This ability allows you to progress rapidly in a language — if you’re dedicated, consistent, and motivated. You may never be able to learn totally through exposure like a child, but with the above skills, you’ll find yourself speaking and understanding your target language in no time.
2. As an adult, you’re choosing to study language.
As a high school student, you may have studied a language simply to fulfill a requirement — not the greatest motivator to fuel language acquisition. As an adult, you’ve chosen to study a second language based on your interests, goals, and motivations. Perhaps you want to travel and communicate with locals, use it in your work, or communicate with a loved one, romantic or otherwise.
Here’s your advantage: you can use this motivation to engage more deeply with the language, and simultaneously improve more rapidly. It’s the opposite of learning something only to replicate the information on a written exam to pass a class. Bonus: discuss your goals with your teacher or tutor so he or she can tailor your lessons to your interests!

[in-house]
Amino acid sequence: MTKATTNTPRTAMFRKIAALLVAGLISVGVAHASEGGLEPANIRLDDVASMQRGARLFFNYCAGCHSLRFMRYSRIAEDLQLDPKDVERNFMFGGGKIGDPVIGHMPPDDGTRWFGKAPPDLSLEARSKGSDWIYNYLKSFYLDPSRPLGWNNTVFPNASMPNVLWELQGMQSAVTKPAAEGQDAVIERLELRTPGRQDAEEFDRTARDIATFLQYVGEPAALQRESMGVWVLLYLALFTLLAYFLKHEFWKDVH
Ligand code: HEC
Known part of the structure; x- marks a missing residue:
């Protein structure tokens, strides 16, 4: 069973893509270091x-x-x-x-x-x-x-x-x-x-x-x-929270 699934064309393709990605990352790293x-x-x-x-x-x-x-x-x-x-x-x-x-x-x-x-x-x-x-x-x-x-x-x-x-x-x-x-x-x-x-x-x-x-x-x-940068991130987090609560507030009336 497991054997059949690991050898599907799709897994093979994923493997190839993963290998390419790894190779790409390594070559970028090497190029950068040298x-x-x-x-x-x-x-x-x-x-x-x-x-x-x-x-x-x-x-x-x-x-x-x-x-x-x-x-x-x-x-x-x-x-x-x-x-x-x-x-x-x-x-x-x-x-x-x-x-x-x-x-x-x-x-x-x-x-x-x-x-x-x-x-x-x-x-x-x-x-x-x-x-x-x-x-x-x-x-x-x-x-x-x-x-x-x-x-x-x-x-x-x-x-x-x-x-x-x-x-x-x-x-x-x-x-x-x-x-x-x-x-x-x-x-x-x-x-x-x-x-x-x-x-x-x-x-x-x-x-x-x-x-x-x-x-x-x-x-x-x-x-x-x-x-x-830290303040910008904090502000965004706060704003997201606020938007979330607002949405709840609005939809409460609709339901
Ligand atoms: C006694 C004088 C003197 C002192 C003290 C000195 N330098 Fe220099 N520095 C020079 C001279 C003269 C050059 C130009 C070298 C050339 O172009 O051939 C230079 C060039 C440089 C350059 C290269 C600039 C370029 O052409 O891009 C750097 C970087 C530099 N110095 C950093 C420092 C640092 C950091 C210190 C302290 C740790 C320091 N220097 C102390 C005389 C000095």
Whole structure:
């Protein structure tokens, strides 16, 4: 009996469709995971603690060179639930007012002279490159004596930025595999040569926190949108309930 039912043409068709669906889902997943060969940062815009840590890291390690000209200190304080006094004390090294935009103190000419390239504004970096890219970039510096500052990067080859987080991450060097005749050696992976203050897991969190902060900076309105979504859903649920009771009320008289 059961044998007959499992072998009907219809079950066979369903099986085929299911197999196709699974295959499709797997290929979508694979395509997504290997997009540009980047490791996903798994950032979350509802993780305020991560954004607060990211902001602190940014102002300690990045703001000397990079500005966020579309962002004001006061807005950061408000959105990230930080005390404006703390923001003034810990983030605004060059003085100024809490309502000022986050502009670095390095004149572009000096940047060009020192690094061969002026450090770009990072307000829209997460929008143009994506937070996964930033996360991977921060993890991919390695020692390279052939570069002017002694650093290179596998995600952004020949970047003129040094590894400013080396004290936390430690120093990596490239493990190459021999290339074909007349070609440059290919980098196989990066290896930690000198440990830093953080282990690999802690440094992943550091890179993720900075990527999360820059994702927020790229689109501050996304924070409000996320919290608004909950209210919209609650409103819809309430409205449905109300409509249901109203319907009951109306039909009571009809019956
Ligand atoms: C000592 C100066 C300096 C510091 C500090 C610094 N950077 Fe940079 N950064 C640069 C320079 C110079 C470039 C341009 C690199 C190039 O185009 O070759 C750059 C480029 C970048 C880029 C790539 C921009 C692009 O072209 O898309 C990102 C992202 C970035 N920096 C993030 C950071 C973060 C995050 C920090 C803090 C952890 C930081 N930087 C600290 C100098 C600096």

3. You’ll pick up cultural nuances easier.
The subtleties and finer points of a language may (or may not) be unconsciously absorbed by children; however, adults can consciously notice these elements and use that information to enhance their understanding.
This can allow you to assimilate more easily into the foreign culture of the language you’re learning, plus pick up on nonverbal and social cues. You’ll appear more confident and informed when you find yourself interacting with locals while traveling or just in everyday life.
4. You have more opportunities for practicing your target language.
As a younger student, your opportunities for practicing a language were probably restricted to the classroom setting. As an adult, the world is your oyster! You can practice during Skype calls with friends learning the same language, explore a neighborhood in your city that will give you more exposure, or even travel internationally.
Just remember to strike a balance; it’s important to study formally with language materials, but immersion learning will help you master the art of conversation and local dialects.
Ready to Get Started?
As you can see, learning a new language as an adult can be quite different from how you learned as a child! Hopefully you can also see the myriad challenges and advantages, and use them to learn intelligently and enjoyably as you gain fluency in your target language.
Perhaps the most important thing to remember is that each language learner is different; regardless of age or prior language-learning experience, everybody learns in a unique way. Think about your learning style and goals, and let your tutor know. Enjoy your journey!